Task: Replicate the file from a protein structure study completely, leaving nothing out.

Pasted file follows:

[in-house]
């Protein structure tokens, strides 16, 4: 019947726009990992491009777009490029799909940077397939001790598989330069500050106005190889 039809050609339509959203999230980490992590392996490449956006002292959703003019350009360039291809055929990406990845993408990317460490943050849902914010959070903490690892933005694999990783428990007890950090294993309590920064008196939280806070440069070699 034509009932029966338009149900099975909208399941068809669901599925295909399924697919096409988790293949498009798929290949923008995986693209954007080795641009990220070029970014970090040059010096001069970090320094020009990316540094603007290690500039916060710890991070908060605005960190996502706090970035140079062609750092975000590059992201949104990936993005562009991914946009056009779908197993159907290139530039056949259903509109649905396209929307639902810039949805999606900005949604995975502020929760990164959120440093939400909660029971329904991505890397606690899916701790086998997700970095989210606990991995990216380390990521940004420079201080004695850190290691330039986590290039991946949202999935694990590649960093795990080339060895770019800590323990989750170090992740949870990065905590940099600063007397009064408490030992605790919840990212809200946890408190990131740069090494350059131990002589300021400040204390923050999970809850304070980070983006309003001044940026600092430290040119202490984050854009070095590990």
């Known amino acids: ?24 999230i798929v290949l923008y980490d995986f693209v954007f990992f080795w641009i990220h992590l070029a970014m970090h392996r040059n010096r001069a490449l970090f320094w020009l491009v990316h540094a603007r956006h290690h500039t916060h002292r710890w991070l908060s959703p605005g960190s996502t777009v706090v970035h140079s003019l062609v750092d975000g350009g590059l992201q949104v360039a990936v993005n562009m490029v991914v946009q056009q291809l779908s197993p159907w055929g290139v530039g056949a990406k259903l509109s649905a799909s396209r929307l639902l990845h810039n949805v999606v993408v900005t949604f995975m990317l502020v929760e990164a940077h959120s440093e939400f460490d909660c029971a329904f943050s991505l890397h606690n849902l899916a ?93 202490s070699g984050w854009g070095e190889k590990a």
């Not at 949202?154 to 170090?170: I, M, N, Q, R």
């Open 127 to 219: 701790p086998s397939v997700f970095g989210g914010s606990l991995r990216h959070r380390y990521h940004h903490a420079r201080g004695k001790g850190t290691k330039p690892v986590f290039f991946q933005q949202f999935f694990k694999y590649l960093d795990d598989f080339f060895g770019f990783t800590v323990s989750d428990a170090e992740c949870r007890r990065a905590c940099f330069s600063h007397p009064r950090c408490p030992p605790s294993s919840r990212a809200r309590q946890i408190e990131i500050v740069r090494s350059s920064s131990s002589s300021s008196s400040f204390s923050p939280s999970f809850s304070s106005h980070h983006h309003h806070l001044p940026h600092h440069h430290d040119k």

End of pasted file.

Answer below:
[in-house]
């Protein structure tokens, strides 16, 4: 019947726009990992491009777009490029799909940077397939001790598989330069500050106005190889 039809050609339509959203999230980490992590392996490449956006002292959703003019350009360039291809055929990406990845993408990317460490943050849902914010959070903490690892933005694999990783428990007890950090294993309590920064008196939280806070440069070699 034509009932029966338009149900099975909208399941068809669901599925295909399924697919096409988790293949498009798929290949923008995986693209954007080795641009990220070029970014970090040059010096001069970090320094020009990316540094603007290690500039916060710890991070908060605005960190996502706090970035140079062609750092975000590059992201949104990936993005562009991914946009056009779908197993159907290139530039056949259903509109649905396209929307639902810039949805999606900005949604995975502020929760990164959120440093939400909660029971329904991505890397606690899916701790086998997700970095989210606990991995990216380390990521940004420079201080004695850190290691330039986590290039991946949202999935694990590649960093795990080339060895770019800590323990989750170090992740949870990065905590940099600063007397009064408490030992605790919840990212809200946890408190990131740069090494350059131990002589300021400040204390923050999970809850304070980070983006309003001044940026600092430290040119202490984050854009070095590990």
């Known amino acids: ?24 999230i798929v290949l923008y980490d995986f693209v954007f990992f080795w641009i990220h992590l070029a970014m970090h392996r040059n010096r001069a490449l970090f320094w020009l491009v990316h540094a603007r956006h290690h500039t916060h002292r710890w991070l908060s959703p605005g960190s996502t777009v706090v970035h140079s003019l062609v750092d975000g350009g590059l992201q949104v360039a990936v993005n562009m490029v991914v946009q056009q291809l779908s197993p159907w055929g290139v530039g056949a990406k259903l509109s649905a799909s396209r929307l639902l990845h810039n949805v999606v993408v900005t949604f995975m990317l502020v929760e990164a940077h959120s440093e939400f460490d909660c029971a329904f943050s991505l890397h606690n849902l899916a ?93 202490s070699g984050w854009g070095e190889k590990a």
């Not at 949202?154 to 170090?170: I, M, N, Q, R």
């Open 127 to 219: 701790p086998s397939v997700f970095g989210g914010s606990l991995r990216h959070r380390y990521h940004h903490a420079r201080g004695k001790g850190t290691k330039p690892v986590f290039f991946q933005q949202f999935f694990k694999y590649l960093d795990d598989f080339f060895g770019f990783t800590v323990s989750d428990a170090e992740c949870r007890r990065a905590c940099f330069s600063h007397p009064r950090c408490p030992p605790s294993s919840r990212a809200r309590q946890i408190e990131i500050v740069r090494s350059s920064s131990s002589s300021s008196s400040f204390s923050p939280s999970f809850s304070s106005h980070h983006h309003h806070l001044p940026h600092h440069h430290d040119k």